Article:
Sabrage is the ceremonial opening of a champagne bottle with a saber. The saber is slid along the body of the bottle toward the neck. The force of the blade hitting the lip separates the collar from the neck of the bottle. The cork and collar remain together after separating from the neck.
This technique became popular in France when the army of Napoleon visited many of the aristocrat domains. It was just after the French revolution and the saber was the weapon of choice of Napoleon's fearsome cavalry (the Hussar). Napoleon's spectacular victories across all Europe gave them plenty of reason to celebrate. During these parties the cavalry would open the Champagne with their sabers. Napoleon probably encouraged this and is known to have said: Champagne! In victory one deserves it; in defeat one needs it.
There are many stories about this tradition. One of the more spirited tales is that of Madame Clicquot who had inherited her husbands small Champagne house at the age of 27. She used to entertain Napoleon's officers in her vineyard and as they rode off in the early morning with their complementary bottle of Champagne, they would open it with their saber to impress the rich young widow.
A Champagne bottle holds a considerable amount of pressure. Early bottle designs used to explode and the manufacturers kept making them thicker until they could contain the pressure that is caused by the release of carbon dioxide during the fermentation.
At the opening of the bottle there is a lip that creates a stress concentration. On the vertical seam of the bottle the glass is not as uniform, which creates a second stress concentration - it is this intersection of the seam and the lip where the bottle will be significantly weaker is the best place to strike with the sabrage sword.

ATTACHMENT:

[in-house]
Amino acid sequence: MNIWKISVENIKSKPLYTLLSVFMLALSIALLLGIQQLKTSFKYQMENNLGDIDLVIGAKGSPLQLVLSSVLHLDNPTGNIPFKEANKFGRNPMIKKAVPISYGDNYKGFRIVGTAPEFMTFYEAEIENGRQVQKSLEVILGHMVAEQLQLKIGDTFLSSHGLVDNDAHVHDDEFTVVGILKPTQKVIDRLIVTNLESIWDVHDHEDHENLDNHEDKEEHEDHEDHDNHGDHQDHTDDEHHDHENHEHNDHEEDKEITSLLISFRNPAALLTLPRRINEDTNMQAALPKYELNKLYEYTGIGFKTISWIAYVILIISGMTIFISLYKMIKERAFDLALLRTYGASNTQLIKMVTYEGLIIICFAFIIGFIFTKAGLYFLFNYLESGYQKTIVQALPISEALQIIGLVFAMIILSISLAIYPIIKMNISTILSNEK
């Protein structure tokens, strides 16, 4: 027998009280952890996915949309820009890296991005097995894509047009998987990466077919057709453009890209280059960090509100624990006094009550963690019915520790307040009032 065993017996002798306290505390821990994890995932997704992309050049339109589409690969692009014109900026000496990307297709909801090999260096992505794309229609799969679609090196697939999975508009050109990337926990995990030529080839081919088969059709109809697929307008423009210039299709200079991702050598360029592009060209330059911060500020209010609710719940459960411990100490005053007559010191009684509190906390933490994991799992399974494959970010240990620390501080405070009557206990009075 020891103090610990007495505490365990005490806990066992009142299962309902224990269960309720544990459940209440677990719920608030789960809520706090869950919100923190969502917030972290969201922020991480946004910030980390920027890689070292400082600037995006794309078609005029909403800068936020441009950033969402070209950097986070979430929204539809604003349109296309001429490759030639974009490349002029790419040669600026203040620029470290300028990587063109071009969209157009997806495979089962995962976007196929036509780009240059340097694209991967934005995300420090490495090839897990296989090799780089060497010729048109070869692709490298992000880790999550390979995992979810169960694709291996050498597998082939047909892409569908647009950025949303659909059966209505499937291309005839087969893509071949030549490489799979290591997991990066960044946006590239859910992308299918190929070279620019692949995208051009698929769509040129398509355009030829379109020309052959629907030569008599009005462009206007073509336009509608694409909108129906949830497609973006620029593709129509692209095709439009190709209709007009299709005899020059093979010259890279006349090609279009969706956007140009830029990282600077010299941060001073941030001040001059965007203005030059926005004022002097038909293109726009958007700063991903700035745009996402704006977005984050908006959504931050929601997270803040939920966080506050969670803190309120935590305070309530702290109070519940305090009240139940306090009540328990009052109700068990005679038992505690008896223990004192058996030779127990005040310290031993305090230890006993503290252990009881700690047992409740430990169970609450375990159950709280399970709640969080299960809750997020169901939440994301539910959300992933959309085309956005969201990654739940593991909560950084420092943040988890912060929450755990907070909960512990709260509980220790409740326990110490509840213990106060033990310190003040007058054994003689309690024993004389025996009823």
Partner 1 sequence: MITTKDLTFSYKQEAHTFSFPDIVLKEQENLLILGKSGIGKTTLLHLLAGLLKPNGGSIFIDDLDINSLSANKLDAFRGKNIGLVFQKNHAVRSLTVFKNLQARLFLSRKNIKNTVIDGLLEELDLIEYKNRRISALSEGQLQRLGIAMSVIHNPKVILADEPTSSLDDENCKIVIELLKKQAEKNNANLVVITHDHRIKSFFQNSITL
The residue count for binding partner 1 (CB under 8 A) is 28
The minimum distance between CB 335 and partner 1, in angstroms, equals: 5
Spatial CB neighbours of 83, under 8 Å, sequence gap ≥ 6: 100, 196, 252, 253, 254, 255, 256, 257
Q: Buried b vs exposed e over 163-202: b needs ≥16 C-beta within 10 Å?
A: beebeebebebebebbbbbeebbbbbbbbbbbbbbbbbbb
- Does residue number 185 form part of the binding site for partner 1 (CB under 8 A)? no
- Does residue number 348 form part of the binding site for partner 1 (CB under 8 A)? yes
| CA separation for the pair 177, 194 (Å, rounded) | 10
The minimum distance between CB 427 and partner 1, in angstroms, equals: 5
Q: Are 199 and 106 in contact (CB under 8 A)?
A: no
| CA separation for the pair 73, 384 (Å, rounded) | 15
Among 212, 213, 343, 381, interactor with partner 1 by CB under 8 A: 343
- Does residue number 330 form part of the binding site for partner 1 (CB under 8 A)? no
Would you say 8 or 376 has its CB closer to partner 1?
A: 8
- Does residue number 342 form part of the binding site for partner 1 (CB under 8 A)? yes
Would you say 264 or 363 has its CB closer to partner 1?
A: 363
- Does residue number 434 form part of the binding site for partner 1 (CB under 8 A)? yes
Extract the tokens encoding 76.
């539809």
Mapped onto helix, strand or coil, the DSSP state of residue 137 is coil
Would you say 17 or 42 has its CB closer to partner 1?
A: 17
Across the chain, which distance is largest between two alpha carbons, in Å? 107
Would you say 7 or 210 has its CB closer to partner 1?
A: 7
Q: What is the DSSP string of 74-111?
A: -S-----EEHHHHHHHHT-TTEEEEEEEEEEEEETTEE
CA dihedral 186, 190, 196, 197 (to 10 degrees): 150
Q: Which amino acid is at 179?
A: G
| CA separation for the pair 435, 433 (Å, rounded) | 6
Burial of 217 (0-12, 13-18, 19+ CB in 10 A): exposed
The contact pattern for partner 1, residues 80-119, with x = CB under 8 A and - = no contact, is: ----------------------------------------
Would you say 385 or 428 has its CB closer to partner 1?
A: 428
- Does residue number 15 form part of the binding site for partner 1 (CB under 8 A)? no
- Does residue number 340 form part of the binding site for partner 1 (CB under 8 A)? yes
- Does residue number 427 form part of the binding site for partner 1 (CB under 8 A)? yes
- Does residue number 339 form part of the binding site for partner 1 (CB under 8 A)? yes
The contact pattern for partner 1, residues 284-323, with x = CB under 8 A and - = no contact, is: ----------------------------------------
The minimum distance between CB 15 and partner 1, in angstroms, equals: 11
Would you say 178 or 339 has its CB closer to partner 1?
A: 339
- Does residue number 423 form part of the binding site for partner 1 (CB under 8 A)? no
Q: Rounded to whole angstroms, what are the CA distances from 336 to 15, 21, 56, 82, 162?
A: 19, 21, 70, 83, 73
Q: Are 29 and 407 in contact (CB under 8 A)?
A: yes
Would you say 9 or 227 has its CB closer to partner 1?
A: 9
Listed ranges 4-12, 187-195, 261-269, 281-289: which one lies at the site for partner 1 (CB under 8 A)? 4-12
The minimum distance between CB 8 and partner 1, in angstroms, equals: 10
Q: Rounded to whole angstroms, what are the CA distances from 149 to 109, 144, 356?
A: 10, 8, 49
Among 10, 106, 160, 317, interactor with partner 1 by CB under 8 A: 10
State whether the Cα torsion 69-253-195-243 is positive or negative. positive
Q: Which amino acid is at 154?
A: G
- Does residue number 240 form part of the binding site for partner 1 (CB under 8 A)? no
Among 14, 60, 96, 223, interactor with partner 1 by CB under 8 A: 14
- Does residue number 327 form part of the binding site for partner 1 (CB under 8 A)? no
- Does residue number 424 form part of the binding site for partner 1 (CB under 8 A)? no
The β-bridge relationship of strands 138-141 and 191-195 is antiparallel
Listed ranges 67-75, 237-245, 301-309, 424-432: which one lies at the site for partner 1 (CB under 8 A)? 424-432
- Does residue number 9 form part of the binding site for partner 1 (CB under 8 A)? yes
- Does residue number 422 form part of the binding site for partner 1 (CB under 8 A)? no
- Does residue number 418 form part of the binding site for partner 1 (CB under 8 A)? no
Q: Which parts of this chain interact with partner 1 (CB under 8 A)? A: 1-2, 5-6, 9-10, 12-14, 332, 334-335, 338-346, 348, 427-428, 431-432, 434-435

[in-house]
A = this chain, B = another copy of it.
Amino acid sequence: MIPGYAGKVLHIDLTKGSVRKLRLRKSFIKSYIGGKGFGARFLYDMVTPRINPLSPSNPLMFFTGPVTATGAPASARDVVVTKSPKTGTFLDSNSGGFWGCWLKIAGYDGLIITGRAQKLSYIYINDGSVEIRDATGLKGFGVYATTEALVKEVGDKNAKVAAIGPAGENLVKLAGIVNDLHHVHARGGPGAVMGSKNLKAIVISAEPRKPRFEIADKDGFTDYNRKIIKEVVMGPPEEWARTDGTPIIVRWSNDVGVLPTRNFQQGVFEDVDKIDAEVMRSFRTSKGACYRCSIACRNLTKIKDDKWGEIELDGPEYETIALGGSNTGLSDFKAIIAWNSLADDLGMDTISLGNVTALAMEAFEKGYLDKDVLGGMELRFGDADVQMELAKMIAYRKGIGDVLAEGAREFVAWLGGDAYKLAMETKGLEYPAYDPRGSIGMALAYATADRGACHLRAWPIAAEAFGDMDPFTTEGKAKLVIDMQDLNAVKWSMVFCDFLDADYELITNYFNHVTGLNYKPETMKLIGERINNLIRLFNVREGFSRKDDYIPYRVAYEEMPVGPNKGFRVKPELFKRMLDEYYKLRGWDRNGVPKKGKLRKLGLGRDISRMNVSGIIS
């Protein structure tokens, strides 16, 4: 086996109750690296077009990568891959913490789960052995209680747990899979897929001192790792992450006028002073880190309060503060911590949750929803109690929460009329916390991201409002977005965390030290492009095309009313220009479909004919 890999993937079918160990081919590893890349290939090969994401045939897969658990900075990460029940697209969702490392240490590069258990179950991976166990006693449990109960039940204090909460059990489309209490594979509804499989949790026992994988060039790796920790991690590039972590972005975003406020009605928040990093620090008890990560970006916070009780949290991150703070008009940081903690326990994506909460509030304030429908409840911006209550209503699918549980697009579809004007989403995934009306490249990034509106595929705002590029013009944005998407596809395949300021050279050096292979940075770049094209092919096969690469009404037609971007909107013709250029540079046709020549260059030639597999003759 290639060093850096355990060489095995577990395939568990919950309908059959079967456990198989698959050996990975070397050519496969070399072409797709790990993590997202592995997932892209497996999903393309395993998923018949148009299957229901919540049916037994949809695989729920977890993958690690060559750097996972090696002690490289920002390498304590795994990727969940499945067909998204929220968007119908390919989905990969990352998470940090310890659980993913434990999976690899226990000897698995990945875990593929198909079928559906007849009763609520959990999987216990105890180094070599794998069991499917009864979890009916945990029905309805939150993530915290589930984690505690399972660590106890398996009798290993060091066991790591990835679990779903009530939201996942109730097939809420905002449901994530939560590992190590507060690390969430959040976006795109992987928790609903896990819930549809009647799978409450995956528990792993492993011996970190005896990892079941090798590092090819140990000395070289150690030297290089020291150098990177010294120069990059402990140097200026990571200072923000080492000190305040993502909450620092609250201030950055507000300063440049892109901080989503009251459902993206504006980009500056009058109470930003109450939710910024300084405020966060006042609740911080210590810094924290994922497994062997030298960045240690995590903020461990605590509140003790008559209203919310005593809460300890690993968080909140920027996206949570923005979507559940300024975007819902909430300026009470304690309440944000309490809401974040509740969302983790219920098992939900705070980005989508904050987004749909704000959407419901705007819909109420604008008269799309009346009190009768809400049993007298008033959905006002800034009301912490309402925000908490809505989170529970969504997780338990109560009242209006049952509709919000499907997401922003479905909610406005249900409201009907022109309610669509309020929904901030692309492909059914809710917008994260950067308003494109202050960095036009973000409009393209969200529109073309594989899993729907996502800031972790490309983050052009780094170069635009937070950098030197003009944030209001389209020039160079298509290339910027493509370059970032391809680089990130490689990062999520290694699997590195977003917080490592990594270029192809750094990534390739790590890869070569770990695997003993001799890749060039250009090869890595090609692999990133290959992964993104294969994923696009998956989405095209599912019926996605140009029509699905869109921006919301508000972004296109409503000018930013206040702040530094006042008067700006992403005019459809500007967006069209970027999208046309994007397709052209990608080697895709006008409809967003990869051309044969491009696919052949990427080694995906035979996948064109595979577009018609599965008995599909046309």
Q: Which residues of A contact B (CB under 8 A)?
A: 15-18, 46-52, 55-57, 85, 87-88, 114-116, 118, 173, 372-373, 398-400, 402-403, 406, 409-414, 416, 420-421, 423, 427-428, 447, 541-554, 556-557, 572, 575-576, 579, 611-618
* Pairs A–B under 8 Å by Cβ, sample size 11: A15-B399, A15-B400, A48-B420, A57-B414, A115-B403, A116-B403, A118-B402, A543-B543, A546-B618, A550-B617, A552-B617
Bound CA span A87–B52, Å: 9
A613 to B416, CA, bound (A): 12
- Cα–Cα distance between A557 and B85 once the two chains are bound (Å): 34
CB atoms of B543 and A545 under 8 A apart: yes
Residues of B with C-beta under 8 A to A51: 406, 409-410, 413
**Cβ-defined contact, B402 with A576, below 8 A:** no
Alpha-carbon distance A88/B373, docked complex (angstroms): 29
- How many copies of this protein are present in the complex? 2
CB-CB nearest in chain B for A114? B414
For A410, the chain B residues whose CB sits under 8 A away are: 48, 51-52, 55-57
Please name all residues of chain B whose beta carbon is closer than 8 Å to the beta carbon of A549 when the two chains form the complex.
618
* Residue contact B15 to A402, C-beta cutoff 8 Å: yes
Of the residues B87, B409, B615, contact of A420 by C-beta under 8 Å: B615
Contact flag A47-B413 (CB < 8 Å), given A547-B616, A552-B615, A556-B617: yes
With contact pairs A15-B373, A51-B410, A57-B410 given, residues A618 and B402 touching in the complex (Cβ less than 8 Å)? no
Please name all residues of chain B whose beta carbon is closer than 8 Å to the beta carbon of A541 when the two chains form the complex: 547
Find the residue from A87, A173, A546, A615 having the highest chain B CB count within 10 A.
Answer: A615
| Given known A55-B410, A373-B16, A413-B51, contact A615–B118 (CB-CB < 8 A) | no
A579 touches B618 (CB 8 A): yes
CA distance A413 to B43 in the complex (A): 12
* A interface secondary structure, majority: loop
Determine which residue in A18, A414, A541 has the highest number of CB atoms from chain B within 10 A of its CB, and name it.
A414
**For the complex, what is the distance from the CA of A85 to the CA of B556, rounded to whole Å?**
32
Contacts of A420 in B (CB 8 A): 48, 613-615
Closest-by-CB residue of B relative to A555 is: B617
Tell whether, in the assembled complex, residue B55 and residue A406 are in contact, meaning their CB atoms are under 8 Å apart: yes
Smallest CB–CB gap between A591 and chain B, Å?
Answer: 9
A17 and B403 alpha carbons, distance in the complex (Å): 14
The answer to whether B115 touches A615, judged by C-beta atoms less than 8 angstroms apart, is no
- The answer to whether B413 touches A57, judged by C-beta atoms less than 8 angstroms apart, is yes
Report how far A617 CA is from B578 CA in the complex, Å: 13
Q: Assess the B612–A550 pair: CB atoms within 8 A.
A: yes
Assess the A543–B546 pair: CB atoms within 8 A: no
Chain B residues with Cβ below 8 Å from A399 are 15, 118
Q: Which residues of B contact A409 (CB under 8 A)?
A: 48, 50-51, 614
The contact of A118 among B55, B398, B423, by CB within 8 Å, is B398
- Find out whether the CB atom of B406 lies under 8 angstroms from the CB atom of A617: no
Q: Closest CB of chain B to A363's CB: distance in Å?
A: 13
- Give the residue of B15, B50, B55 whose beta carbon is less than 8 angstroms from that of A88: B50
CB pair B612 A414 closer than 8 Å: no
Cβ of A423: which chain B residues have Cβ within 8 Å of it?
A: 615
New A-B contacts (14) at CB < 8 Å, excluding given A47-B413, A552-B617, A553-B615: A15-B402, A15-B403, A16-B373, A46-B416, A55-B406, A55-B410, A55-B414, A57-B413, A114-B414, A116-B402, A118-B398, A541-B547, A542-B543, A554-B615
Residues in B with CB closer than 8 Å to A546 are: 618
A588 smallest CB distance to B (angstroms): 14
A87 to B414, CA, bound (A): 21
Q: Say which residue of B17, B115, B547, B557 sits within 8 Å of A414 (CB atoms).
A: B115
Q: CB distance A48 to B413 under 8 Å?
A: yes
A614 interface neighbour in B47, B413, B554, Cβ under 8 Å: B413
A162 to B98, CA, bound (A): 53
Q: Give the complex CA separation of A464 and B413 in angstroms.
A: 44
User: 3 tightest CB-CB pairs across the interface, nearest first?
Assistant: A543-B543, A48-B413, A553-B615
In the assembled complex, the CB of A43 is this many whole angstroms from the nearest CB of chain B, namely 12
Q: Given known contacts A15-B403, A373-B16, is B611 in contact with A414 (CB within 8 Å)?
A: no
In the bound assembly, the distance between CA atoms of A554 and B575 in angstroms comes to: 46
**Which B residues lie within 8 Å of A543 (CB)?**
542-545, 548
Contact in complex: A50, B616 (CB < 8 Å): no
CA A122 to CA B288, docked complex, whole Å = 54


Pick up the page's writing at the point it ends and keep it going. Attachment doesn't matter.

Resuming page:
The impact of the sabre on this weak point creates a crack that rapidly propagates through the glass. Combined with the momentum of the sabre and the pressure in the bottle the crack will grow. Once the crack has severed the top from the bottle, the pressure inside the bottle and the transferred momentum from the sabre will send the top flying, typically for a distance of five to ten metres.
The trick is to hit the bottle with a clean, smooth and above all "confident" stroke. If right handed hold the bottle in your left hand at arms length with thumb in the bottle depression and hold firmly. Hold the bottle at about 45-60 degrees to the horizontal. With the sabre in your right hand draw it back over your left shoulder and aim to stike the weak point as described above. Strike the bottle quickly and smoothly and (like golf) ensure a good follow through above your head. You should always use the blunt edge of the sabre and not the sharper leading edge.
Andrew Coghlan displays the follow through action of the sabrage sword. Note the distance of the cork (circled) before any Champagne has started to flow from the bottle.